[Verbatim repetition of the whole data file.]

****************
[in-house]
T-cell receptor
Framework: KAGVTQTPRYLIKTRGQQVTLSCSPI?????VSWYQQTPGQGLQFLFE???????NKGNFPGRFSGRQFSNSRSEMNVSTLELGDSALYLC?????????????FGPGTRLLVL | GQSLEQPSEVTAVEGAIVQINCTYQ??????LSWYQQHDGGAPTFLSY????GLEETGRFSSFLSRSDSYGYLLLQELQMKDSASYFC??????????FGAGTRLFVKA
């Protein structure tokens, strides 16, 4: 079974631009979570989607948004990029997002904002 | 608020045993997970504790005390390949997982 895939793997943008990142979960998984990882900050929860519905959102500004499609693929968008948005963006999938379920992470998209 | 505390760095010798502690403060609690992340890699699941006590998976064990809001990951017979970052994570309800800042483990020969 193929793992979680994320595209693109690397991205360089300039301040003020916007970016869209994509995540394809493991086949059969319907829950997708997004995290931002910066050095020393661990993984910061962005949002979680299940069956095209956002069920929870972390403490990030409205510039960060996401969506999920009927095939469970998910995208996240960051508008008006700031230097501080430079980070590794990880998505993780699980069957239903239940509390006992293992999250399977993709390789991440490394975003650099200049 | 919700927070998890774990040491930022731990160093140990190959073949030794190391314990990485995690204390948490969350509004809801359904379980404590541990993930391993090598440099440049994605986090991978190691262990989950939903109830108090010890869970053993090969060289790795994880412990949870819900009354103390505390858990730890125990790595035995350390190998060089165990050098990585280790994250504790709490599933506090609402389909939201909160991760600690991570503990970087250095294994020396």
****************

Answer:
[in-house]
T-cell receptor
Framework: KAGVTQTPRYLIKTRGQQVTLSCSPI?????VSWYQQTPGQGLQFLFE???????NKGNFPGRFSGRQFSNSRSEMNVSTLELGDSALYLC?????????????FGPGTRLLVL | GQSLEQPSEVTAVEGAIVQINCTYQ??????LSWYQQHDGGAPTFLSY????GLEETGRFSSFLSRSDSYGYLLLQELQMKDSASYFC??????????FGAGTRLFVKA
């Protein structure tokens, strides 16, 4: 079974631009979570989607948004990029997002904002 | 608020045993997970504790005390390949997982 895939793997943008990142979960998984990882900050929860519905959102500004499609693929968008948005963006999938379920992470998209 | 505390760095010798502690403060609690992340890699699941006590998976064990809001990951017979970052994570309800800042483990020969 193929793992979680994320595209693109690397991205360089300039301040003020916007970016869209994509995540394809493991086949059969319907829950997708997004995290931002910066050095020393661990993984910061962005949002979680299940069956095209956002069920929870972390403490990030409205510039960060996401969506999920009927095939469970998910995208996240960051508008008006700031230097501080430079980070590794990880998505993780699980069957239903239940509390006992293992999250399977993709390789991440490394975003650099200049 | 919700927070998890774990040491930022731990160093140990190959073949030794190391314990990485995690204390948490969350509004809801359904379980404590541990993930391993090598440099440049994605986090991978190691262990989950939903109830108090010890869970053993090969060289790795994880412990949870819900009354103390505390858990730890125990790595035995350390190998060089165990050098990585280790994250504790709490599933506090609402389909939201909160991760600690991570503990970087250095294994020396």